To get started with NanoEdge AI Studio, you need to either create a project or download one of our example project.

Create project

To create a new project, simply click on one of the four types of projects available in NanoEdge AI Studio:

  • Anomaly detection
  • 1-class classification
  • N-class classification*
  • Extrapolation


Demo project

Five Demo project are available in NanoEdge AI Studio:

  • Arc fault classification
  • Rock Paper Scissors classification
  • Motor vibration anomaly detection
  • Motor current anomaly detection
  • Pump vibration anomaly detection

All projects contains a description about the use case and the collected data.

To download these example projects, you can do it directly on the Home page if you don't have a project yet (see previous screenshot). Else you need to open the import menu:

AI:neai import menu.png

2.1.2. Project Steps

NEAI project steps.png

Each project is divided into 5 successive steps:

  1. Project settings, to set the global project parameters
  2. Signals, to import signal examples that are used for library selection.
    Note: this step is divided in 2 substeps in anomaly detection projects (Regular signals / Abnormal signals)
  3. Optimize & benchmark, where the best NanoEdge AI Library is automatically selected and optimized
  4. Validation to validate the library selected by testing through files or serial, one or multiple libraries
  5. Deployment, to compile and download the best library and its associated header files, ready to be linked to any C code.

A helper tool providing tips is available on the bottom right corner of the screen when in a project. We highly recommend to complete the tasks given and read the documentation highlighted by it!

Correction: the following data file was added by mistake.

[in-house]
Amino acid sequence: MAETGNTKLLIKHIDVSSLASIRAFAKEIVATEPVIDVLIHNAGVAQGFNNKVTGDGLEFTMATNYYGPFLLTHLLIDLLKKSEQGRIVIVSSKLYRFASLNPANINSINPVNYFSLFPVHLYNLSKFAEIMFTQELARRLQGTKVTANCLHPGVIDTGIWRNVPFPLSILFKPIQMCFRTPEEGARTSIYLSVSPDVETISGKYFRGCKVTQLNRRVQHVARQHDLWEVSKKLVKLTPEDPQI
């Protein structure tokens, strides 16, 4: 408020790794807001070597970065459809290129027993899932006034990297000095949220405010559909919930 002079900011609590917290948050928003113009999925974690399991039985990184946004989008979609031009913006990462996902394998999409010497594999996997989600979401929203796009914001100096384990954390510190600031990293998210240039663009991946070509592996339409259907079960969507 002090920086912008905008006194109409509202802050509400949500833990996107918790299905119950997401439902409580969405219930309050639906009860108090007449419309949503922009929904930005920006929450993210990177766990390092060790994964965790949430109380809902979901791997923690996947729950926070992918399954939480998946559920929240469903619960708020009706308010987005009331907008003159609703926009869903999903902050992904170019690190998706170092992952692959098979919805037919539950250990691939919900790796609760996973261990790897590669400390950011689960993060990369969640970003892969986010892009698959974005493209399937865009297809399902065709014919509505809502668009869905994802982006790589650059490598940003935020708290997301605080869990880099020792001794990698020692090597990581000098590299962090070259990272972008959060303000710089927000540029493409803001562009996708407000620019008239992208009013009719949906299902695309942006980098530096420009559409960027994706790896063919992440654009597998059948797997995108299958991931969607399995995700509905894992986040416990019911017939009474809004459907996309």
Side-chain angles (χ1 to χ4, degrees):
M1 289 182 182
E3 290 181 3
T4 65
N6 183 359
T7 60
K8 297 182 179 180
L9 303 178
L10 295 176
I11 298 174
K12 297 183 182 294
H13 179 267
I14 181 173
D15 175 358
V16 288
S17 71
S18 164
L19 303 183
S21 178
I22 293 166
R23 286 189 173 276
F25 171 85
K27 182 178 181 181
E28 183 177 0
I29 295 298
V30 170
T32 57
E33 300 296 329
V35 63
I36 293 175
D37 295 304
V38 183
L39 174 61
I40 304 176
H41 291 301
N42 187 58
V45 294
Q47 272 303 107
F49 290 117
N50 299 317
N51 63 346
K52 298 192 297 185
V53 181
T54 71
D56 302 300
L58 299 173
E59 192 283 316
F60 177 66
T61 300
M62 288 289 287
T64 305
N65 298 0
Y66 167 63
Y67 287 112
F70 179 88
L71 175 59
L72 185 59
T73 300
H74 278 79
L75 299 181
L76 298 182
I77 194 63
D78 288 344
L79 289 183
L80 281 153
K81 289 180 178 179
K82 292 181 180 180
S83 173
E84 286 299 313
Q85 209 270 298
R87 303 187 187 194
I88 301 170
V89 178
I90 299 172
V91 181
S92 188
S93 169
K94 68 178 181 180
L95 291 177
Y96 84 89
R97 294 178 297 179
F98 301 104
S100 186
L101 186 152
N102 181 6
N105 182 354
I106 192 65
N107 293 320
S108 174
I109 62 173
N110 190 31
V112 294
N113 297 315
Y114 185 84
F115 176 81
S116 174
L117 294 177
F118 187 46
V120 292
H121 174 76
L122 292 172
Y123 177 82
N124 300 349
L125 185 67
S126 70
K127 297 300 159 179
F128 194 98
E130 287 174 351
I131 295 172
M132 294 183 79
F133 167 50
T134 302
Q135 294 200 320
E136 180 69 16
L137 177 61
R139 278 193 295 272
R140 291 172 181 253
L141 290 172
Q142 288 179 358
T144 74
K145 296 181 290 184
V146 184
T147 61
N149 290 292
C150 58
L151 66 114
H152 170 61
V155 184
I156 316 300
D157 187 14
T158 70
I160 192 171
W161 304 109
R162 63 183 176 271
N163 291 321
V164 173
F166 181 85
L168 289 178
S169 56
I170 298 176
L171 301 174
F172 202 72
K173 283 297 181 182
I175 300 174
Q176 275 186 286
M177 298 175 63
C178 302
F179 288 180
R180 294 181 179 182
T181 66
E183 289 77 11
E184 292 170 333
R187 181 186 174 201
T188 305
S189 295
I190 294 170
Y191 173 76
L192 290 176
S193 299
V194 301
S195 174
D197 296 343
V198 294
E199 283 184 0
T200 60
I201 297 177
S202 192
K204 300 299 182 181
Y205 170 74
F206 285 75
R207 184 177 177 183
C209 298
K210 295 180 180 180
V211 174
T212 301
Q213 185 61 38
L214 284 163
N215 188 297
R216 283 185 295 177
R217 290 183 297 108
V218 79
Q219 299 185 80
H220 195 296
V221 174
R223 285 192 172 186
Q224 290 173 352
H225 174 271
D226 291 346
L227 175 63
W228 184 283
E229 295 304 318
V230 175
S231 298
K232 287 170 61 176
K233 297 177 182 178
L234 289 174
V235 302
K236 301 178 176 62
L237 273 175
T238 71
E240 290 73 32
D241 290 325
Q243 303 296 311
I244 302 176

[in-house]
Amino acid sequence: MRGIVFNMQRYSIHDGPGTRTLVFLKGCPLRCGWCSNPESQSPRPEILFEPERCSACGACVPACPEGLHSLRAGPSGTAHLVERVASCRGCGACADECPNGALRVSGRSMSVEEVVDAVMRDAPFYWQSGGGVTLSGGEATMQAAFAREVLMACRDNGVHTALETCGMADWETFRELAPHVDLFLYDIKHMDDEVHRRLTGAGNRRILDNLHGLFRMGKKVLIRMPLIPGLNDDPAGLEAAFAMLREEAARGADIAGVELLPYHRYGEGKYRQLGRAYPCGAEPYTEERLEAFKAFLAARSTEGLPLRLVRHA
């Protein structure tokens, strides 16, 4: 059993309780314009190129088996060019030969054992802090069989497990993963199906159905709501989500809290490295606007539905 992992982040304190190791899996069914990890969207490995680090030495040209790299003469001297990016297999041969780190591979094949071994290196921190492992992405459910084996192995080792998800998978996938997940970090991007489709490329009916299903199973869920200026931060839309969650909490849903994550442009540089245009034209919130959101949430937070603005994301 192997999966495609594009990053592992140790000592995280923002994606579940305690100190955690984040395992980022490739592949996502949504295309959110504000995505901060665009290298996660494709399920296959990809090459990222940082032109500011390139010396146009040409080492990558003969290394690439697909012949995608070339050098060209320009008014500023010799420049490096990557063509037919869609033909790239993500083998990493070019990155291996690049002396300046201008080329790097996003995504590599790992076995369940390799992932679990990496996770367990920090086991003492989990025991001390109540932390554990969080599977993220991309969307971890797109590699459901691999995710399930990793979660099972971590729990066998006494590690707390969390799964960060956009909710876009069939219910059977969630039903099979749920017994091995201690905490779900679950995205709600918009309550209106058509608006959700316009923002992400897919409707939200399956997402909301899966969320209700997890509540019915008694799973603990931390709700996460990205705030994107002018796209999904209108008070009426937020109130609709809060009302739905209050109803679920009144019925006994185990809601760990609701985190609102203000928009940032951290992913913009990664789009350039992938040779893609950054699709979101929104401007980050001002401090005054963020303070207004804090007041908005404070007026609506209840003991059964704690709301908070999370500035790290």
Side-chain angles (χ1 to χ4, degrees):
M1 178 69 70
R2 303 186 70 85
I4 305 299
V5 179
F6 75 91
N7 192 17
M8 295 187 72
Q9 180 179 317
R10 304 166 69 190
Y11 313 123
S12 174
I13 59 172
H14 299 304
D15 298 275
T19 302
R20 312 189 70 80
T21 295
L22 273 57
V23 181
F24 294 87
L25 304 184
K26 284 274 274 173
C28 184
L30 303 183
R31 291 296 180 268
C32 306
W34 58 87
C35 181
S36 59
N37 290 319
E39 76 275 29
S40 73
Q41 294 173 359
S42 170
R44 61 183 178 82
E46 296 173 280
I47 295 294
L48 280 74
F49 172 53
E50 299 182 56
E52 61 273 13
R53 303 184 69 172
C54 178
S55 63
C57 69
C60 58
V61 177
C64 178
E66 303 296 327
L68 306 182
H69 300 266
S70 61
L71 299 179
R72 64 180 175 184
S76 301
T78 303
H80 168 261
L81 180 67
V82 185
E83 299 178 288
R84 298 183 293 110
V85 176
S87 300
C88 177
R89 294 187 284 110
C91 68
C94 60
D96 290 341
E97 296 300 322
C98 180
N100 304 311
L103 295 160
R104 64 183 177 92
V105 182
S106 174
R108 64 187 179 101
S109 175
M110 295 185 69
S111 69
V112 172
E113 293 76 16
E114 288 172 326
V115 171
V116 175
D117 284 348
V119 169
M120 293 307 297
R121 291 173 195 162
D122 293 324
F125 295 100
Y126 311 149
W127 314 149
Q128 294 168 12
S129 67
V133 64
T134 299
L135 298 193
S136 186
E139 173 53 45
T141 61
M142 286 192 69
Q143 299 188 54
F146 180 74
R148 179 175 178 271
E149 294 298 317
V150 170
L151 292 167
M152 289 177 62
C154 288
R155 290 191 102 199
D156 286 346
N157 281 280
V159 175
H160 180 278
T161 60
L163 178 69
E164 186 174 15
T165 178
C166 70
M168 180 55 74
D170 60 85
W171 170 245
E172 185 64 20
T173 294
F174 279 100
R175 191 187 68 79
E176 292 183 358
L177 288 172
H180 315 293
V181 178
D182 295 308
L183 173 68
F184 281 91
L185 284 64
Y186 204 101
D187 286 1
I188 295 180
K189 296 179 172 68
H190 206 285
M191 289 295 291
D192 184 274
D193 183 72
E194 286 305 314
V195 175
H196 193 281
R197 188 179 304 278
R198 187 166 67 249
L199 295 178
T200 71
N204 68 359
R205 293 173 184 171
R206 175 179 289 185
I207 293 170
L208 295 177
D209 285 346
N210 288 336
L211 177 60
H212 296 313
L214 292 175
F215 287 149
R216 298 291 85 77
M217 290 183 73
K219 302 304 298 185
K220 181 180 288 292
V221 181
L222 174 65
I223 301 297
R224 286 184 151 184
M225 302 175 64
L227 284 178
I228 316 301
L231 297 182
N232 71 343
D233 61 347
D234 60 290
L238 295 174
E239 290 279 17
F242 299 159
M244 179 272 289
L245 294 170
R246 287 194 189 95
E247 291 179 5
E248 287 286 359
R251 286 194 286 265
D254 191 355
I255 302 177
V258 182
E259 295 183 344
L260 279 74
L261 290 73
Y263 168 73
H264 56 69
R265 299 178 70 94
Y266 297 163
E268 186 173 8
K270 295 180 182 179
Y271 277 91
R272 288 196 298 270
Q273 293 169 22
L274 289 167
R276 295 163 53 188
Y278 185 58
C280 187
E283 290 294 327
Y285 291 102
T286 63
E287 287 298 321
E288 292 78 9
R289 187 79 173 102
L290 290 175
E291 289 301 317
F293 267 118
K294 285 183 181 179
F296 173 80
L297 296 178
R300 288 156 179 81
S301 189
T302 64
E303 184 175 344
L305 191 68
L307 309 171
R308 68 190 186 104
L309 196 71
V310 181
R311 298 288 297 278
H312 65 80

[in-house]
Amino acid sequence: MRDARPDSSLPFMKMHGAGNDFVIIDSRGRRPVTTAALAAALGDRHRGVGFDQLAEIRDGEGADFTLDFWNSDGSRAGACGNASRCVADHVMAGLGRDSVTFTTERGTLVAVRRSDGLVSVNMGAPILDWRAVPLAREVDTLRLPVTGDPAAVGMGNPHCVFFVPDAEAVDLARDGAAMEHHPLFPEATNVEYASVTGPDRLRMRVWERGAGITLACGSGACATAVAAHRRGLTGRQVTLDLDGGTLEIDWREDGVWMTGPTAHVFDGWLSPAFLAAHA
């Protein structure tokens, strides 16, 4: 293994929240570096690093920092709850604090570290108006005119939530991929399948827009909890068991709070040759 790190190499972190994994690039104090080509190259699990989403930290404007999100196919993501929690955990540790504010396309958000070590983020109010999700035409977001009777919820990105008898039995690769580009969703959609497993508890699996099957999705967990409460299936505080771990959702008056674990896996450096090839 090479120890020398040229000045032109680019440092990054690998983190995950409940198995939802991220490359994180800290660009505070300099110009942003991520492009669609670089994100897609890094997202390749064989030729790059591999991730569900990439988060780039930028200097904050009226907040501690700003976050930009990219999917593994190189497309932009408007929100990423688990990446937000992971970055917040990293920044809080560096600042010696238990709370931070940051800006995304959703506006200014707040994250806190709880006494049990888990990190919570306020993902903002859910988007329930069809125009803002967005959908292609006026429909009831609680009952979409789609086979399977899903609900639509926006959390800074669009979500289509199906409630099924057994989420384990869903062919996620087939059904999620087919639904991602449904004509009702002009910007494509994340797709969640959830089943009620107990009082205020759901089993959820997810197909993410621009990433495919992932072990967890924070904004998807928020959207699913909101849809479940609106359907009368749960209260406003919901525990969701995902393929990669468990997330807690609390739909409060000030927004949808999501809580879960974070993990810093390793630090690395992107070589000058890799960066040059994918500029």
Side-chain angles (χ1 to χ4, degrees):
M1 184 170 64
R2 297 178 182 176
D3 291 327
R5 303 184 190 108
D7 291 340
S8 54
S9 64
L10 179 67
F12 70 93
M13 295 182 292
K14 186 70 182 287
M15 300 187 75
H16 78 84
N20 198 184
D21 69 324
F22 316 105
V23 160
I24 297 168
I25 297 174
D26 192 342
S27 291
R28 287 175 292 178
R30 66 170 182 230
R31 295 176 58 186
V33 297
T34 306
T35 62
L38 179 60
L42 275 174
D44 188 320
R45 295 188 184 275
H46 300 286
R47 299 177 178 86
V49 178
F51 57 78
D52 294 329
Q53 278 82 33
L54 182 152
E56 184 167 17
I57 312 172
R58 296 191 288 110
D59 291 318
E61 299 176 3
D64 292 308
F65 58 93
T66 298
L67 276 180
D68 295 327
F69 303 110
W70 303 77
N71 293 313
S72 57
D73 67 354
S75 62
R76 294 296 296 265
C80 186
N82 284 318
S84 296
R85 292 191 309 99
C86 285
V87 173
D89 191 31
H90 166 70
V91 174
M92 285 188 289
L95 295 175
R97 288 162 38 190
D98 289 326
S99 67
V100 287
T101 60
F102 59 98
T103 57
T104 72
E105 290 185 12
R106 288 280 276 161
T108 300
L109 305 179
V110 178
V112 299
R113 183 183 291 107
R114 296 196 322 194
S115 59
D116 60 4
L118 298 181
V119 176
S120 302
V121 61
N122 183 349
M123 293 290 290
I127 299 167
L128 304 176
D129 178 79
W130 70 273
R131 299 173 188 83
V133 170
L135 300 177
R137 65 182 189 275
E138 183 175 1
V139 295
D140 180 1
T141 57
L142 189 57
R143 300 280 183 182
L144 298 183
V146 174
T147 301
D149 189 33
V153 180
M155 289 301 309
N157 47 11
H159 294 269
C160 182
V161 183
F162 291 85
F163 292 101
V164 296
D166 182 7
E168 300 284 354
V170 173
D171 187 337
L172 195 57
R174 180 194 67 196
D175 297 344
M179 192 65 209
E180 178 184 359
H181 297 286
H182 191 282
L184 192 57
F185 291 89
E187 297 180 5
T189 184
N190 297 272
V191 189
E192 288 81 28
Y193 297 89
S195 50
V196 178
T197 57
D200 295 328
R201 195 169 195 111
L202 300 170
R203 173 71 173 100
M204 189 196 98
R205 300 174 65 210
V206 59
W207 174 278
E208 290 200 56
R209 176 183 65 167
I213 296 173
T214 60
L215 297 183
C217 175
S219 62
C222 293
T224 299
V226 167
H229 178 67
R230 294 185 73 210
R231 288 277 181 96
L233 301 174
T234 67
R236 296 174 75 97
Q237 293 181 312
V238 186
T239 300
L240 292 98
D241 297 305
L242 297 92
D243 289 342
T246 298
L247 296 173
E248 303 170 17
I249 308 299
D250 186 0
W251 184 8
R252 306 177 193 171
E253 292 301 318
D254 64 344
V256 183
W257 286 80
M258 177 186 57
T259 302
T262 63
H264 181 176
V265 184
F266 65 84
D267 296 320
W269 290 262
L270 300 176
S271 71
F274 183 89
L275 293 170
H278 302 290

2.2. Project settings


The first step in any project is Project settings.

Here, the following parameters parameters are set:

  • Project name
  • Description (optional)
  • Max RAM: this is the maximum amount of RAM memory to be allocated to the AI library. It does not take into consideration the space taken by the sensor buffers.
  • Limit Flash / No Flash limit: this is the maximum amount of flash memory to be allocated to the AI library.
  • Sensor type: the type of sensor used to gather data in the project, the type of data and their dimension (number of axes)
  • Target: this is the type of board or microcontroller on which the final NanoEdge AI Library is deployed.

Warning white.png Warning

Restricting the amount of RAM/flash memory available restricts the search space during benchmark', which causes potentially better, more memory-hungry libraries, to be ignored.

2.2.1. Target selection

NEAI target selection.png

NanoEdge AI Studio allows compilation on a large variety of targets. These target are separated in three tabs:

Development boards: 140+ targets,
Greats for education or proof of concepts as development board generally embed sensors.

Microcontrollers: 550+ targets

  • Any STM32 Arm © Cortex M MCU: All STM32 families with a Arm © Cortex M MCU can be selected as target.
  • A large variety of non ST Arm © Cortex M MCUs for development purposes only.

Arduino Boards: 19 targets
Arduino Boards with Arm © Cortex M MCUs for development purposes only.

For non-ST target and production purposes, please contact ST.

It is possible to add a board as favorite by clicking on the star. Then, the board will always be displayed on the left.

Warning DB.png Important

It is possible to change the target at any moment in a project in progress. It only affect the compilation step. It allow an easy transition from a development board to a production board for example. Just make sure that the new selected target has enough RAM and Flash compared to the library selected.

2.2.2. Types of sensors in NanoEdge AI Studio